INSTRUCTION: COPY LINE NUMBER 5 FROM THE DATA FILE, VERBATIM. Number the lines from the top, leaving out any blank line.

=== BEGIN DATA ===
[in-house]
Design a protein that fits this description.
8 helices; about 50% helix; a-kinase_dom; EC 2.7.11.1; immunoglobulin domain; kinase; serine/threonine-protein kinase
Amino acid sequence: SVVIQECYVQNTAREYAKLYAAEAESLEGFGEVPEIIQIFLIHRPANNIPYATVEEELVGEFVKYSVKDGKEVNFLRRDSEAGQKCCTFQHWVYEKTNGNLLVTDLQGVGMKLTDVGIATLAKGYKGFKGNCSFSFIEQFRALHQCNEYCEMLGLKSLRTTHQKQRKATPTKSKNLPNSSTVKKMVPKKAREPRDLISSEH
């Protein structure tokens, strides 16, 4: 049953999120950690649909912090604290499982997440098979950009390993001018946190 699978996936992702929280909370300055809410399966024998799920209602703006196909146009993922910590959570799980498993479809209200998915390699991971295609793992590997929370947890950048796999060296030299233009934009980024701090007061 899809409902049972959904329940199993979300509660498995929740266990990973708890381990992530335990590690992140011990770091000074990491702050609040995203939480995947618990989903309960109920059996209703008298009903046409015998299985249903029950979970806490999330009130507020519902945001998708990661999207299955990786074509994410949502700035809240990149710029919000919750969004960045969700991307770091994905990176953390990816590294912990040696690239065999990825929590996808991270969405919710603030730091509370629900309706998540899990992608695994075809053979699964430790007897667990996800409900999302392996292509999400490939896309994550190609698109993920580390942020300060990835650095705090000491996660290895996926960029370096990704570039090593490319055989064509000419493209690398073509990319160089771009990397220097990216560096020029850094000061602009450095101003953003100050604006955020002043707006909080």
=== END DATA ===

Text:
């Protein structure tokens, strides 16, 4: 049953999120950690649909912090604290499982997440098979950009390993001018946190 699978996936992702929280909370300055809410399966024998799920209602703006196909146009993922910590959570799980498993479809209200998915390699991971295609793992590997929370947890950048796999060296030299233009934009980024701090007061 899809409902049972959904329940199993979300509660498995929740266990990973708890381990992530335990590690992140011990770091000074990491702050609040995203939480995947618990989903309960109920059996209703008298009903046409015998299985249903029950979970806490999330009130507020519902945001998708990661999207299955990786074509994410949502700035809240990149710029919000919750969004960045969700991307770091994905990176953390990816590294912990040696690239065999990825929590996808991270969405919710603030730091509370629900309706998540899990992608695994075809053979699964430790007897667990996800409900999302392996292509999400490939896309994550190609698109993920580390942020300060990835650095705090000491996660290895996926960029370096990704570039090593490319055989064509000419493209690398073509990319160089771009990397220097990216560096020029850094000061602009450095101003953003100050604006955020002043707006909080």